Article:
CU Boulder team led by Xinzhao Chu finds link between gravity waves in the upper and lower Antarctic atmosphere, helping create a clearer picture of global air circulation.
Two years after a CIRES and CU Boulder team discovered a previously unknown class of waves rippling continuously through the upper Antarctic atmosphere, they’ve uncovered tantalizing clues to the waves’ origins. The interdisciplinary science team’s work to understand the formation of “persistent gravity waves” promises to help researchers better understand connections between the layers of Earth’s atmosphere—helping form a more complete understanding of air circulation around the world.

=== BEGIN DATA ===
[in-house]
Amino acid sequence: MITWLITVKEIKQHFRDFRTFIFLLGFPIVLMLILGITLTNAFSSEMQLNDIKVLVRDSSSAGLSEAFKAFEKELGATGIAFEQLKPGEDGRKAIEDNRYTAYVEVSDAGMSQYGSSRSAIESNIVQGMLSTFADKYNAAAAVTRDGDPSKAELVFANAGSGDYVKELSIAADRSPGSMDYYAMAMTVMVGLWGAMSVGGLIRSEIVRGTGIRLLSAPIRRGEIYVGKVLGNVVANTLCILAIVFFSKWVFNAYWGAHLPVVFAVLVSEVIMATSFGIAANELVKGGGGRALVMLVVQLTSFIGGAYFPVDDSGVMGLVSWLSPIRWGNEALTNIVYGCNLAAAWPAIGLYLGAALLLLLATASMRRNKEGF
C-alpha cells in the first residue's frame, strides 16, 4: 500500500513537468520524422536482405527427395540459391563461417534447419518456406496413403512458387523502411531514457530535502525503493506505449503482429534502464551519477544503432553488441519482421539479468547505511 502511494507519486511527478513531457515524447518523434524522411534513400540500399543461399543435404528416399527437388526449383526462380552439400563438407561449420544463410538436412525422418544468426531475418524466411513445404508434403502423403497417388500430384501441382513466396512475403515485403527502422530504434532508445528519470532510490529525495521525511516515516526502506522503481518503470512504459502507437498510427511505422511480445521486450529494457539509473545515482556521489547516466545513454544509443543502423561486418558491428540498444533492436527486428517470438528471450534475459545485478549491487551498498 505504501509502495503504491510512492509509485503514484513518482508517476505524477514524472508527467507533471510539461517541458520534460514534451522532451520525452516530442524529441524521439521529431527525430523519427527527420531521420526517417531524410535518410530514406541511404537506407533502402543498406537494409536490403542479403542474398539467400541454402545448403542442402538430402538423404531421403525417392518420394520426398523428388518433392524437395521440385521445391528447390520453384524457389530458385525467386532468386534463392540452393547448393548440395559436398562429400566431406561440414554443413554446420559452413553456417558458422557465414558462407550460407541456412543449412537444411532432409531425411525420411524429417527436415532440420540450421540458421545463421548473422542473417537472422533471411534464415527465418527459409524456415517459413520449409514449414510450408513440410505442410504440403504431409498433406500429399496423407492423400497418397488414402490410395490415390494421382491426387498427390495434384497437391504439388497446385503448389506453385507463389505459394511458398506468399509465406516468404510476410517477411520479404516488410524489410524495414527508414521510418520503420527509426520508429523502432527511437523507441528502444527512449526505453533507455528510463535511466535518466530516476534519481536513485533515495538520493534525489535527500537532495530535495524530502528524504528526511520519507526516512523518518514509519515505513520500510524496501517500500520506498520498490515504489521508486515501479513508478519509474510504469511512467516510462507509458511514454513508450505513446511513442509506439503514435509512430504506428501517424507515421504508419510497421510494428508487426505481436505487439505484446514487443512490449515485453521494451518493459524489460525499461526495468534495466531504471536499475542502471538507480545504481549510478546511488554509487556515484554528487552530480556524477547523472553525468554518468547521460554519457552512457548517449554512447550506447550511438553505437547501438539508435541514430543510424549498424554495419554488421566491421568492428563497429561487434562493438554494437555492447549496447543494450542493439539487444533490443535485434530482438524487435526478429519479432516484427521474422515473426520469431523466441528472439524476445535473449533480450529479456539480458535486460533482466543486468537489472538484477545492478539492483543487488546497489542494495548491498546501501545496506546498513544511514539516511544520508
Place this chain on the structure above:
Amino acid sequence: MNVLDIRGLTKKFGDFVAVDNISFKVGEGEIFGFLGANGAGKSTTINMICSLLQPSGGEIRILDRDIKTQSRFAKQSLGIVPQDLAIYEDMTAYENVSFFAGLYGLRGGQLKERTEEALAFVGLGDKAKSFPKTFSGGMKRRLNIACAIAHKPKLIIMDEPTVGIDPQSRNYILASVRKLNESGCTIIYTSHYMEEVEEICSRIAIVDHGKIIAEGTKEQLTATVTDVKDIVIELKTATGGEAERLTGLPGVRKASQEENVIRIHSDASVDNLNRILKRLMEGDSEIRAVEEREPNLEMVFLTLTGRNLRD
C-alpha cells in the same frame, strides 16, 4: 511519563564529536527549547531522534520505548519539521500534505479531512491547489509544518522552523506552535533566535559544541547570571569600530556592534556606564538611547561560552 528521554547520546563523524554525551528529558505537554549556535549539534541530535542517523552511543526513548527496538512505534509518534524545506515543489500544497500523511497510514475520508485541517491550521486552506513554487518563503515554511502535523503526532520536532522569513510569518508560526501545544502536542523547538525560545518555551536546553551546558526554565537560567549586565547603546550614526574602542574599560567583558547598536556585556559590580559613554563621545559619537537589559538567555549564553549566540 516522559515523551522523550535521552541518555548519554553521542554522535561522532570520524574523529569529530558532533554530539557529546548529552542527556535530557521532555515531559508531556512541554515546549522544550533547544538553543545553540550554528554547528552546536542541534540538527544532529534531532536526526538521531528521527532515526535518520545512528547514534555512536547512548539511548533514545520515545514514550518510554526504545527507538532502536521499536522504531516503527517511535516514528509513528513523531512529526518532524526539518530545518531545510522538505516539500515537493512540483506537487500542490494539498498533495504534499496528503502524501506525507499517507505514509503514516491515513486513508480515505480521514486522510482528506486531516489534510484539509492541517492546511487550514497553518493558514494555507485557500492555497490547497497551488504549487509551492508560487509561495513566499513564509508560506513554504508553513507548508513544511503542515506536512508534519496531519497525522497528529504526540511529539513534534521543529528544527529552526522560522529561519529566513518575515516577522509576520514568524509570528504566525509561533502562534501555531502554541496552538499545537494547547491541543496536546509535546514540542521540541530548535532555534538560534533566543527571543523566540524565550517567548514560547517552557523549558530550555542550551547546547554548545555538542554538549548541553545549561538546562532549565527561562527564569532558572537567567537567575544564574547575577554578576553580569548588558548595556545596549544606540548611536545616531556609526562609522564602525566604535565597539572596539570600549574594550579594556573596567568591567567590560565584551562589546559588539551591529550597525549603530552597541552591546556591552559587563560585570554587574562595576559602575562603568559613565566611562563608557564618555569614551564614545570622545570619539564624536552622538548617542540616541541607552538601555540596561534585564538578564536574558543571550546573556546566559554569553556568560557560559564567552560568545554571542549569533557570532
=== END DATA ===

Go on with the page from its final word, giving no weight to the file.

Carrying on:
"A big picture of Antarctic gravity waves from the surface all the way to the thermosphere is emerging from the studies, which may help advance global atmospheric models,” said CIRES Fellow and CU Boulder Professor of Aerospace Engineering Sciences Xinzhao Chu, lead author of the new study published in the Journal of Geophysical Research - Atmospheres. “The new understanding results from a series of journal publications, based on multiple years of lidar observations, many made by winter-over students, from Arrival Heights near McMurdo Station in Antarctica.”